On the occasion of the 6th EU Anti-Trafficking Day, the conference entitled ‘Working Together towards the Eradication of Trafficking in Human Beings: The Way Forward’ will take place on Thursday October 18 in Brussels. EU Commissioner for Home Affairs, Ms Cecilia Malmström, the EU Anti-trafficking coordinator, Ms Myria Vassiliadou, and Minister of Interior of Cyprus, Ms Eleni Mavrou, will participate in the conference, which will be open to journalists.
The conference, which is organised by the European Commission and the Cyprus Presidency of the Council of the EU, aims to bring together high level policy makers, government officials from all Member States, representatives of civil society organisations, experts and front line workers. Discussions will focus on future steps to strengthen cooperation and partnerships, reinforce prevention, victim protection and assistance as well as the prosecution of offenders.
The EU Anti-Trafficking Day was established by the European Commission in 2007 and is marked on October 18 of every year. The main purpose has been to raise awareness of trafficking in human beings and increase the exchange of information, knowledge and best practices amongst the different actors working in this field. Each year, the respective EU Presidencies, together with the European Commission and Member States, organise events to mark this day at the European and the national level. Outcomes from EU level events include the recommendations on the identification and referral to services of victims of trafficking in human beings (2007), input to the Action Oriented Paper on strengthening the external dimension on actions against trafficking in human beings (2009) and the Joint Statement of the Heads of EU Justice and Home Affairs Agencies (2011).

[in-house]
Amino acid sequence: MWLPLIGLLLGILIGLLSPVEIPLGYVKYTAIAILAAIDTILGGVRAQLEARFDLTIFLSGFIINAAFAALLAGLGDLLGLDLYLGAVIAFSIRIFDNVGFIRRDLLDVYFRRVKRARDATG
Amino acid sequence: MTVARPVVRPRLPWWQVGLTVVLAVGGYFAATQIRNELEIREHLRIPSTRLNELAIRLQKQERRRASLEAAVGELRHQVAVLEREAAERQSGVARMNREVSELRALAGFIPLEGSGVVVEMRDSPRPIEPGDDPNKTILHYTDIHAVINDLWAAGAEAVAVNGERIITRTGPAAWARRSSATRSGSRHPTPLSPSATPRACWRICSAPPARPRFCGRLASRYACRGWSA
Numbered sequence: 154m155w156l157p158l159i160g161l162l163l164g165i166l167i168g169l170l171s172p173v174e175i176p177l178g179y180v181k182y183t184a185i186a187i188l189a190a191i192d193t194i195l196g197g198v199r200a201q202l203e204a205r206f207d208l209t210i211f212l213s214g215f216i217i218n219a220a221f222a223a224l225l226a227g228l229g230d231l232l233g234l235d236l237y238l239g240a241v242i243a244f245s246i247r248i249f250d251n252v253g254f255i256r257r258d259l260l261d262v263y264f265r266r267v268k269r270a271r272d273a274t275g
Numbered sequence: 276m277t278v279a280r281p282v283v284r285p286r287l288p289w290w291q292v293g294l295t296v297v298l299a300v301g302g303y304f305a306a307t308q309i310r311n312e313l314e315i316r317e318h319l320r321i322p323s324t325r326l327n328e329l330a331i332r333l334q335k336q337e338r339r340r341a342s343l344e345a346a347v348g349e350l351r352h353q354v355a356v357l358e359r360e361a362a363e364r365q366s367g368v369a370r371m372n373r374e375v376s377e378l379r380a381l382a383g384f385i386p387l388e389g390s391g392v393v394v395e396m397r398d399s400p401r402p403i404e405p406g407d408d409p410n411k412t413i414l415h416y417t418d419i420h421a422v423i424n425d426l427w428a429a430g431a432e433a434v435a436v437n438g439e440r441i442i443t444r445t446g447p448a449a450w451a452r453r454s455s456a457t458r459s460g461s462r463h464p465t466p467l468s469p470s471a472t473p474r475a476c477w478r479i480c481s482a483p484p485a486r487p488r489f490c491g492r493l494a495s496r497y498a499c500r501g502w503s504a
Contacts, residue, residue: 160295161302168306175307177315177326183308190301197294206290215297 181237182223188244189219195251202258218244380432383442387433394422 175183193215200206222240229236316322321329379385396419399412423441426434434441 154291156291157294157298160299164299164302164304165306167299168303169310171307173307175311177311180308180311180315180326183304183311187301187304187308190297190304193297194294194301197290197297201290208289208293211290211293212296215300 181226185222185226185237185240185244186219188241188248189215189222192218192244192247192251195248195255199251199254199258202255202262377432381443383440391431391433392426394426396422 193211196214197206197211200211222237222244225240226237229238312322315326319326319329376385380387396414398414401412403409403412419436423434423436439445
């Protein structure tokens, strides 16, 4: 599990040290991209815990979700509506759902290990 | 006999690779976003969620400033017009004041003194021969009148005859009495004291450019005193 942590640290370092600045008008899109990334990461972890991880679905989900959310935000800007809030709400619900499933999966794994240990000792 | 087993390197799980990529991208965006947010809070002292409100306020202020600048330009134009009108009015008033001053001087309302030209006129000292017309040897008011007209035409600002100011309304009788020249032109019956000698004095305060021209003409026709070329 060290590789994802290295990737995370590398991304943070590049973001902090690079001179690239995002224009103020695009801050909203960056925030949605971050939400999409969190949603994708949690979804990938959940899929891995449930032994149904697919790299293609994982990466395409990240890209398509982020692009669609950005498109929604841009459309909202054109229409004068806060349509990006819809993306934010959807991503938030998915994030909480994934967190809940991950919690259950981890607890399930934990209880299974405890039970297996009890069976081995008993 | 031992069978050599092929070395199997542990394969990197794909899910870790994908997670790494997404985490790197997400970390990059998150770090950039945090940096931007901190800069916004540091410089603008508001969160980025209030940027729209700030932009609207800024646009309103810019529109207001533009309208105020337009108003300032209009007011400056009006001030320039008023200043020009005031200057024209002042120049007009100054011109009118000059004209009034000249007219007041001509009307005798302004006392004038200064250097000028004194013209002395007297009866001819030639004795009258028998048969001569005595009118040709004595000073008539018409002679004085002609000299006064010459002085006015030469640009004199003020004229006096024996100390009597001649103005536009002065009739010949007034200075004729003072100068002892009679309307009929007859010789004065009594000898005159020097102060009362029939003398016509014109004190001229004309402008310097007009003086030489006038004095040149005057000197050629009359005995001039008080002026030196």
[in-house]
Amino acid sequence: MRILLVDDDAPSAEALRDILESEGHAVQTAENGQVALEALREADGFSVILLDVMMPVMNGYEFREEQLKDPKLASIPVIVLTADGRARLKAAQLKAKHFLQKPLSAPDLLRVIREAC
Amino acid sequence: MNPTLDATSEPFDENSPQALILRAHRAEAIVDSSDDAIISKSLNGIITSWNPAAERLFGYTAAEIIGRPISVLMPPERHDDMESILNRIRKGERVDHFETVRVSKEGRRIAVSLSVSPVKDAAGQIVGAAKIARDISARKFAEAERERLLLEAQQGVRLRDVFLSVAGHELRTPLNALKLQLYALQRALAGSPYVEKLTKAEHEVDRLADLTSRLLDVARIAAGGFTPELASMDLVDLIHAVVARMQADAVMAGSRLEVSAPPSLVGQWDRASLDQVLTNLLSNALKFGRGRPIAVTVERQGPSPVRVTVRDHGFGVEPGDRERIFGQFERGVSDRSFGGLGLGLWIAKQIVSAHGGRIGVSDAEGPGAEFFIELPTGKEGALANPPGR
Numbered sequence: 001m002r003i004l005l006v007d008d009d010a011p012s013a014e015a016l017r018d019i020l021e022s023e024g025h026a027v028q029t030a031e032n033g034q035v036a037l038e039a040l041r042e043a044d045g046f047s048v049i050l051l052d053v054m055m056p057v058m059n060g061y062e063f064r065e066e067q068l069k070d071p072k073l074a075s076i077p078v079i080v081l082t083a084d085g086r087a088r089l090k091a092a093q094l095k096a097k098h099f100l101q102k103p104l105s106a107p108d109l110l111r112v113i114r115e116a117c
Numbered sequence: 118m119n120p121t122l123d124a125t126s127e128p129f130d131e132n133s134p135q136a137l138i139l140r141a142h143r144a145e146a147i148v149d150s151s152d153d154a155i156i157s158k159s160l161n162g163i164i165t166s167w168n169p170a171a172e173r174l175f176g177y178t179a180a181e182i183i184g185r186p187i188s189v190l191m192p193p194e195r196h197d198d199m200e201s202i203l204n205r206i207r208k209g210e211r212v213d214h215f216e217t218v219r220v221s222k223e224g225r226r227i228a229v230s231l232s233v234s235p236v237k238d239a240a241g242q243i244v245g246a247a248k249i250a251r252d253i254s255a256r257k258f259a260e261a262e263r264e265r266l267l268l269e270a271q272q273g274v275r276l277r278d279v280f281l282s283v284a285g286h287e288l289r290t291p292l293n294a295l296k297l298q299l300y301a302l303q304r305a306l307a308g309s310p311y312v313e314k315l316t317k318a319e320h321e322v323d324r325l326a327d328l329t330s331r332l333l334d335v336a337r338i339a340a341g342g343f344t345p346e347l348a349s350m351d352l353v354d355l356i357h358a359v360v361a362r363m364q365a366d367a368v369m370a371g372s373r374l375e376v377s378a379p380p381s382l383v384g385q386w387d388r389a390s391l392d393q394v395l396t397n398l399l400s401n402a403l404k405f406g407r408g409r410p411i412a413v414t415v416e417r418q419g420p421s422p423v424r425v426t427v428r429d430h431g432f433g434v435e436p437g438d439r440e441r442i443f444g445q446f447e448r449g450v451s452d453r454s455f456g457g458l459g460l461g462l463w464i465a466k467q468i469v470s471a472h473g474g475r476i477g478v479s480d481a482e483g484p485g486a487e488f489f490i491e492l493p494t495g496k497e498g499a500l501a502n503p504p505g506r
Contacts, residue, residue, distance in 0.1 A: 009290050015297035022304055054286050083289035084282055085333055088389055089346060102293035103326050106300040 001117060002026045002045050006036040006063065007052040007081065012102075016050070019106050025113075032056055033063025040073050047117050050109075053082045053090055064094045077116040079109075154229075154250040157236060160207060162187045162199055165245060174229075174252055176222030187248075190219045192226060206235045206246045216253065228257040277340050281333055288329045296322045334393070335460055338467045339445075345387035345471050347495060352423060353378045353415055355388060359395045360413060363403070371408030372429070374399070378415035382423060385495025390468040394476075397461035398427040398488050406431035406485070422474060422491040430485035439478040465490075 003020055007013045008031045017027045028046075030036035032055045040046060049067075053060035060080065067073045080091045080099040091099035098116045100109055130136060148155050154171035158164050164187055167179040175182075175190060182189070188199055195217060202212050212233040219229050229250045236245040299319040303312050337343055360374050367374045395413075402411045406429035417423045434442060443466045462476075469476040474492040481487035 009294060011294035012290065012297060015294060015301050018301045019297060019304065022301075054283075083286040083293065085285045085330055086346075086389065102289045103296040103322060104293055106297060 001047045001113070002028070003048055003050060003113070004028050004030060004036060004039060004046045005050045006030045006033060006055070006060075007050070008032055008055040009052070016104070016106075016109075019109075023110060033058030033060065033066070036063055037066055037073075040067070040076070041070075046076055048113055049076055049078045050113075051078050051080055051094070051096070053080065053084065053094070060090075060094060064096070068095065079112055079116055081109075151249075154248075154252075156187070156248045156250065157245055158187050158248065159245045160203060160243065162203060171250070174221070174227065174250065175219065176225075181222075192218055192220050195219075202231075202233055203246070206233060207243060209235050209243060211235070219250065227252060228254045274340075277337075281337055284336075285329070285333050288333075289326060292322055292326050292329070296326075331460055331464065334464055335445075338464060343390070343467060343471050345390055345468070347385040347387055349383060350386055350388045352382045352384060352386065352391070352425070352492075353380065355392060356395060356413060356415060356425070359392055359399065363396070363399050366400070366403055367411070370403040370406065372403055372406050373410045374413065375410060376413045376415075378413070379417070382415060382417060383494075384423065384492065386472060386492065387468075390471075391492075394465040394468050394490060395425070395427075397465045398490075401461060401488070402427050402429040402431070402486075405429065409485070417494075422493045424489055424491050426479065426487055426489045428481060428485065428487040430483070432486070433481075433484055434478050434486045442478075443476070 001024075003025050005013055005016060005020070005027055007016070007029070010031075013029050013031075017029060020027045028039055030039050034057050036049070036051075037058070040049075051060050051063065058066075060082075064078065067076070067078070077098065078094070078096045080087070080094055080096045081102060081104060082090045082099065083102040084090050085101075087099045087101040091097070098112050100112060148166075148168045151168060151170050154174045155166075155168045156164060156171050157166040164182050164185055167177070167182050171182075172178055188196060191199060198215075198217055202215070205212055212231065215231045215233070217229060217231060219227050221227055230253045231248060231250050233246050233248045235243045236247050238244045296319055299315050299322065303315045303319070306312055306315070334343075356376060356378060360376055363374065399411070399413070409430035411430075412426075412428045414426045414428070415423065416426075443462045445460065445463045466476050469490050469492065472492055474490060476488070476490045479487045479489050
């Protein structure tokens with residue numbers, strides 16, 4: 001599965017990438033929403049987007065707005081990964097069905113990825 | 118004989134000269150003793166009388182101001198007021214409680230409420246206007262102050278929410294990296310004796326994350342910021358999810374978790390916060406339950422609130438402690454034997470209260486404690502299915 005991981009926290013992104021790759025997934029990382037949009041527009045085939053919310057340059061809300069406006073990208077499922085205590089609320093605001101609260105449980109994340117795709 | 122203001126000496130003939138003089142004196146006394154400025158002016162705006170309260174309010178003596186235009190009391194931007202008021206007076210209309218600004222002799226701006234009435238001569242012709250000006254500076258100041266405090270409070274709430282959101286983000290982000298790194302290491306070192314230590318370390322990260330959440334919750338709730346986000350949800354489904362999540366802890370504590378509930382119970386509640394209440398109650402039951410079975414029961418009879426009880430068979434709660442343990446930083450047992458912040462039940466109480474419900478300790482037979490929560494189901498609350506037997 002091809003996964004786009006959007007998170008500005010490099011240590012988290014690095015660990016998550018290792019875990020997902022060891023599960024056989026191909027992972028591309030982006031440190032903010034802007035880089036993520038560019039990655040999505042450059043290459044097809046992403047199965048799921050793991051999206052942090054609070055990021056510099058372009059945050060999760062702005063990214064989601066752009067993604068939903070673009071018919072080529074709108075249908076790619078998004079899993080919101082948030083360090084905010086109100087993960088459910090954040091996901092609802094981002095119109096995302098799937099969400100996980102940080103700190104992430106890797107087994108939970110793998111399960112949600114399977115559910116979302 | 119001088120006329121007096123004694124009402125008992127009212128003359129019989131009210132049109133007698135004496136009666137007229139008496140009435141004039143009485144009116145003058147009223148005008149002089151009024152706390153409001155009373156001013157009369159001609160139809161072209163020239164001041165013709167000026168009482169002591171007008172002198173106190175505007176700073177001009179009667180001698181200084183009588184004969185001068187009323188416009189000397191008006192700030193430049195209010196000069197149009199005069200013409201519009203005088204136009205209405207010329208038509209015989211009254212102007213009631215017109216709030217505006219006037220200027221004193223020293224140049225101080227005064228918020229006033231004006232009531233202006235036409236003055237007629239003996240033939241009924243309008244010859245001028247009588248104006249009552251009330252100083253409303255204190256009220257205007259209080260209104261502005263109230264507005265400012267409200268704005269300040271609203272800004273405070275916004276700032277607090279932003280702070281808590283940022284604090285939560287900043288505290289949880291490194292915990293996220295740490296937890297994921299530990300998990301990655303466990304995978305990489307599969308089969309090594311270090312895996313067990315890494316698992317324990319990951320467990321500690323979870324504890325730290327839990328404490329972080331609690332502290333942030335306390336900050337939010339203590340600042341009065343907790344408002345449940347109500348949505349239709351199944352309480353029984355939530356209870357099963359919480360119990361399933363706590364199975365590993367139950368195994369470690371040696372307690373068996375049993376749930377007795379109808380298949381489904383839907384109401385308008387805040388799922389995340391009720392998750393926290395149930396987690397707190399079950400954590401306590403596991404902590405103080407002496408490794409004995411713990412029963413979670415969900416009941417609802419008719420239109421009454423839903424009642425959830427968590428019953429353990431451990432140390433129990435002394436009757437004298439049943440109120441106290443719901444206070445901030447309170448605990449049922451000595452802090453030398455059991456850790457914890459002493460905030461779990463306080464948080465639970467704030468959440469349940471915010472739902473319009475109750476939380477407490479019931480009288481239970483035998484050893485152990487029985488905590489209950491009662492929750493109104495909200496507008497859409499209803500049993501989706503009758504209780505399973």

The first criminal law instrument
Trafficking in human beings remains a serious issue in the European Union, with an estimated 880,000 victims of forced labour, including forced sexual exploitation. That is 1.8 persons per 1,000 inhabitants. The political commitment of Member States to act is reflected in Directive 2011/36/EU on preventing and combating trafficking in human beings and protecting its victims, the first EU criminal law instrument under the Lisbon Treaty. Once fully transposed by the Member States, by April 6 2013, this EU level legislation is expected to have considerable impact. The Directive takes a strong human-rights, gender, victim-centred approach and focuses, on an equal level, on prevention, protection, prosecution and assistance to victims in a comprehensive manner.
On June 19, 2012, the Commission adopted a new and integrated strategy, which is time-bound and sets out a series of thirty concrete and tangible measures to be taken by the European Commission, Member States, and EU Agencies. The EU Strategy towards the Eradication of Trafficking in Human Beings 2012-2016 identifies five priority areas:
- identifying, protecting and assisting victims of trafficking;
- prevention of human trafficking including the reduction of demand;
- increased prosecution of traffickers;
- enhanced coordination, cooperation and policy coherence;
- increased knowledge and response to trafficking in human beings.
Within the framework of the conference, emphasis will be placed on the implementation of these commitments and translating the work from the EU level to the national level as well as discussing the possibilities of ensuring that all relevant stakeholders are engaged and involved in the implementation of the various policy initiatives in a multidisciplinary and coherent manner.
A press conference will be held in Albert Borschette Conference Center room CCAB OA at 13:00 on Thursday 18 October.
Ministry of Interior
EU Affairs Unit
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